Allow all veterans back into the Veterans Administration
As one of his "first acts" as president, Obama will sign an executive order "ending the unfair ban on healthcare enrollment of certain groups of veterans, including 'Priority 8' veterans who often earn modest incomes." Currently, veterans who have no service-connected disability and make above a certain amount of income are not allowed to enroll in the VA health program.
Strides, yes; executive order, no
Updated: Tuesday, October 20th, 2009 | By Robert Farley
This promise had its roots in a government decision in 2003 that, due to limited resources and a mandate to provide quality and timely health care, the VA would prioritize those veterans who would be eligible to receive health care benefits. Priority was given, for example, to veterans with service-connected conditions, people with low income or those with special health care needs. The VA decided, however, to stop enrolling nondisabled "Priority 8" vets whose income exceeded some set thresholds.
During the campaign, Obama promised he would do away with those income thresholds. All veterans, he vowed, would be allowed back in the VA.
In May, President Obama proposed a $113 billion Veterans Affairs budget for 2010 that would make significant progress toward restoring eligibility to VA health care benefits for many "Priority 8" veterans.
According to the budget plan, "For the first time since January 2003, VA expands eligibility for VA health care to nondisabled veterans earning modest incomes. This expansion will bring nearly 550,000 eligible veterans into the VA health care system by 2013. The 2010 budget request provides the resources to achieve this level while maintaining high quality and timely care for lower-income and service-disabled veterans who currently rely on VA medical care."
While 2013 is the longer-term goal, the 2010 veterans budget approved in July by the House Veterans Affairs Appropriations Committee included $533 million to expand eligibility for health care services to non-service disabled veterans. That amount would allow the VA to increase the income limit by 10 percent (to about $30,000, depending on where you live). The VA estimates it will translate to an additional 266,000 veterans who will enroll in the VA health care system.
The White House plan calls for relaxing the income thresholds more and more over the next several years.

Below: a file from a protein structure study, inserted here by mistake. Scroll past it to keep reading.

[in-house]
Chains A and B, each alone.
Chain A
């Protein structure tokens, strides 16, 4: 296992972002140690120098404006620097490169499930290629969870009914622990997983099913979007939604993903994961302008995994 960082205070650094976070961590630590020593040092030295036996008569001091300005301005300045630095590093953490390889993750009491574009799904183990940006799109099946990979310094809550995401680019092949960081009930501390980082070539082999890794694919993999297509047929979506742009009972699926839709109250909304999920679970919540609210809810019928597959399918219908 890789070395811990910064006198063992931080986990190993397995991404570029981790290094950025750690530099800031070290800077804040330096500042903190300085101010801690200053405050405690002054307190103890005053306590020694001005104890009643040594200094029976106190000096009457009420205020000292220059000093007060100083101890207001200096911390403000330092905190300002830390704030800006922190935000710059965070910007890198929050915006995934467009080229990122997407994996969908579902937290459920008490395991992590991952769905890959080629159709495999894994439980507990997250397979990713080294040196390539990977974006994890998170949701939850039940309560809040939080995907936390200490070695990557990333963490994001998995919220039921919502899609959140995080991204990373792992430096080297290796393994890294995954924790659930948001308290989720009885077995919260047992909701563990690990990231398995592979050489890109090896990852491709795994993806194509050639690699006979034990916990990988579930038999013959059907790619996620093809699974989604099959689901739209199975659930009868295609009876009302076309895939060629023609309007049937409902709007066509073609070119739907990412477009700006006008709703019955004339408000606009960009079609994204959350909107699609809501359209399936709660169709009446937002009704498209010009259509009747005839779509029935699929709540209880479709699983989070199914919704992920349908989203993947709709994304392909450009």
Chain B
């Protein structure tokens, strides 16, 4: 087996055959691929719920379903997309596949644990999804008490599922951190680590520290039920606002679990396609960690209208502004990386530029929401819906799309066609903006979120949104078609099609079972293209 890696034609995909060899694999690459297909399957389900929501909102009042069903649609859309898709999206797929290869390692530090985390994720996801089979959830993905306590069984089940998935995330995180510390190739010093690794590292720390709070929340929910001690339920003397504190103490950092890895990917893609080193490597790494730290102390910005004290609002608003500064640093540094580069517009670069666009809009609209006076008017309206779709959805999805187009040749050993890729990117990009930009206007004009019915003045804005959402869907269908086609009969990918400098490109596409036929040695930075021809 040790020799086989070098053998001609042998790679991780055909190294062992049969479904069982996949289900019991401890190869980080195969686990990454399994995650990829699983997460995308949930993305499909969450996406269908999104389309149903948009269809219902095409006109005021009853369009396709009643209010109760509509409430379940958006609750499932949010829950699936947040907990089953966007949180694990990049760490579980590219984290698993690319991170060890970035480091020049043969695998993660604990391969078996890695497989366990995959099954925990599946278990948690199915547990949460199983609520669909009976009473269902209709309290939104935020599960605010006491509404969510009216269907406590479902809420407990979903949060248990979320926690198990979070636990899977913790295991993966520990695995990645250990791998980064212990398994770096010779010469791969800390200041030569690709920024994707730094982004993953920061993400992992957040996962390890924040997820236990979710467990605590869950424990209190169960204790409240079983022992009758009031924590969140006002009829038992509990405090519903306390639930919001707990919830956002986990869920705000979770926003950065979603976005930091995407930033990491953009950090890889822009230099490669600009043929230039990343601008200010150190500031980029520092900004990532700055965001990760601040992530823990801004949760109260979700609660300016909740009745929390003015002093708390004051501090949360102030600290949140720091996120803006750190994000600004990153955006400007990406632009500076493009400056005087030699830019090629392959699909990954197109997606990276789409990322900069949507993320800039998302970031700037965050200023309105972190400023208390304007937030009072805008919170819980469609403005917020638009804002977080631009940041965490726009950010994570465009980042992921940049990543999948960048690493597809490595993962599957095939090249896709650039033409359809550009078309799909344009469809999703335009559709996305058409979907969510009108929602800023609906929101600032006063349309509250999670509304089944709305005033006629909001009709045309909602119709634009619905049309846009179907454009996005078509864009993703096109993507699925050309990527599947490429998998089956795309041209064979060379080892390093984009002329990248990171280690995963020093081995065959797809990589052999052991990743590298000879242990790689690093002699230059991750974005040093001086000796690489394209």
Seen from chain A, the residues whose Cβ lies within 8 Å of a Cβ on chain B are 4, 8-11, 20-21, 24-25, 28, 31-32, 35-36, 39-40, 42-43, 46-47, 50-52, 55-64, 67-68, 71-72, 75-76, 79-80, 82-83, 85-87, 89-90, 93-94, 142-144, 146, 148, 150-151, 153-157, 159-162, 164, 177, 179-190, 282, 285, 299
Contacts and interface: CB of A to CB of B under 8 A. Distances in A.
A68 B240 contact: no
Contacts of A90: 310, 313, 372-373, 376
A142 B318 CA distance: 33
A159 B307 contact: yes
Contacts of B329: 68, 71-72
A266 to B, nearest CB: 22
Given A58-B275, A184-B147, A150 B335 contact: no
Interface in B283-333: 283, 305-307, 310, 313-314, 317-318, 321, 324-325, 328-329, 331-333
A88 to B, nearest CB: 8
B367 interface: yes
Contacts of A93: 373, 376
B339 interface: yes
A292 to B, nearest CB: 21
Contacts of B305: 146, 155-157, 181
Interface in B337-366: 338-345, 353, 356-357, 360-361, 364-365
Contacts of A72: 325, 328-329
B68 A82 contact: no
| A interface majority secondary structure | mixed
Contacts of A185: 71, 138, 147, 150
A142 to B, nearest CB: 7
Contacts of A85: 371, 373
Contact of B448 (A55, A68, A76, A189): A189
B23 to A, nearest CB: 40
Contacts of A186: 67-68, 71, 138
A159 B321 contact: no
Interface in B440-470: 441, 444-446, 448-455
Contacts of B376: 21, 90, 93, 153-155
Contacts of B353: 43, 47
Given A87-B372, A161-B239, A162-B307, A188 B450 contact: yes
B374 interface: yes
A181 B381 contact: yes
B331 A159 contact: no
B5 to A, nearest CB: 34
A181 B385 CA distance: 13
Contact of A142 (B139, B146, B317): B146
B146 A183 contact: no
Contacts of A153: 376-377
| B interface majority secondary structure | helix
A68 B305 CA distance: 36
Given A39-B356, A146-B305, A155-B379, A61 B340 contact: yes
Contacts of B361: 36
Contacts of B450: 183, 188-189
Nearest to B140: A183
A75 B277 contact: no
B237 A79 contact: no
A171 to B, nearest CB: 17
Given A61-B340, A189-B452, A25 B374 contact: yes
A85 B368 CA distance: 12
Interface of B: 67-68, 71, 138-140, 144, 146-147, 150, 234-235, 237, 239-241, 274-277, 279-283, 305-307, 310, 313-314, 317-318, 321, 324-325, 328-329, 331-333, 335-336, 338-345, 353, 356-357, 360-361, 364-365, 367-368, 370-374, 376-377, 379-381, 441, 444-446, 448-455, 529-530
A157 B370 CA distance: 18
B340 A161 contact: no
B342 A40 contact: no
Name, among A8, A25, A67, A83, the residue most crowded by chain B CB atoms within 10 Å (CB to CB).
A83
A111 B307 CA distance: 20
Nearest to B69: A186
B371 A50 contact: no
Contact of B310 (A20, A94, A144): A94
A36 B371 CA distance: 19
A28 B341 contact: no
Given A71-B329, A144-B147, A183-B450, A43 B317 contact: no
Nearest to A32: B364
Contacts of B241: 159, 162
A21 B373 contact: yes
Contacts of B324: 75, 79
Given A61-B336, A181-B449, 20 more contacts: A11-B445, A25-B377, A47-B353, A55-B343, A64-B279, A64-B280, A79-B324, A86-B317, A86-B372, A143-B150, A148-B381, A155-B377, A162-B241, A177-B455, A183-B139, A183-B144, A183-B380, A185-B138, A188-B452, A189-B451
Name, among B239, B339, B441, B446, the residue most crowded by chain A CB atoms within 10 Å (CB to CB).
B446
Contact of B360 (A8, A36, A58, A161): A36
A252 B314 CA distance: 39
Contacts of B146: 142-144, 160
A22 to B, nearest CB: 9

That's a big commitment. And by and large, it appears veterans leaders are pleased.
"The president is taking care of veterans," said Joe Davis, national spokesman for Veterans of Foreign Wars. "He is following through on this provision."
Still, Davis said, it will be interesting to see if the VA system is equipped to handle the additional people made eligible this year.
"It's going to be difficult because of capacity," Davis said. "But you have to start somewhere. Only time will tell if you can open it further."
Testifying before the House Committee on Veterans' Affairs, Eric K. Shinseki, secretary of the Veterans Affairs Department, said the VA is up to the task.
"The president"s decision to relax income thresholds established in 2003, which froze Priority Group 8 enrollments, has enabled many more veterans to access the excellent health care available through our Veterans Health Administration (VHA)," Shinseki said. "It has increased VA's workload, but we are prepared to accommodate up to 500,000 enrollees, who are being phased in over the next four years."
Clearly, Obama has made strides toward keeping his commitment on this promise. But in the campaign, he didn't say he was going to phase in the changes. Look again at what Obama's position paper stated:
"When troops serve, they are not divided by income classes or priority groups. Yet, today the VA is picking and choosing which veterans to serve. Barack Obama is committed to ending the unfair ban on health care enrollment of certain groups of veterans, including 'Priority 8' veterans who often earn modest incomes. He has voted to end this unfair policy, which has resulted in the VA turning away nearly one million veterans since 2003. As president, one of Barack Obama"s first acts will be signing an executive order reversing this ban."
But it was not one of his first acts. Indeed, Obama has not signed an executive order reversing this ban, as he said he would. Instead, he has outlined a budget plan to relax income thresholds to allow more and more Priority 8 veterans to be eligible for health care benefits over time. And Obama didn't make the change in one fell swoop as promised.
Perhaps Obama concluded that it was more sensible to roll out the changes over time so as not to overwhelm the VA system. And some would certainly argue the president is making steady progress toward keeping the substance of this promise. Nonetheless, Obama didn't do it on the timetable he promised. And so we rule this one a Compromise.
White House Web site, transcript: Remarks by the President at the Veterans of Foreign Wars Convention , Aug. 17, 2009
White House Office of Management and Budget, "President's Budget Fact Sheets: U.S. Department of Veterans Affairs"
White House Web site, President Obama's Proposed 2010 Department of Veterans Affairs Budget
U.S. Sen. Robert C. Byrd Web site, press release: "Byrd Announces Funding Commitment To Our Nations Veterans," July 13, 2009
House Committee on Veterans' Affairs Web site, Statement of The Honorable Eric K.Shinseki, Secretary of the U.S. Department of Veterans Affairs
U.S. Department of Veterans Affairs Web site, VA Health Care Eligibility and Enrollment
Interview with Joe Davis, national spokesman for Veterans of Foreign Wars, Oct. 20, 2009
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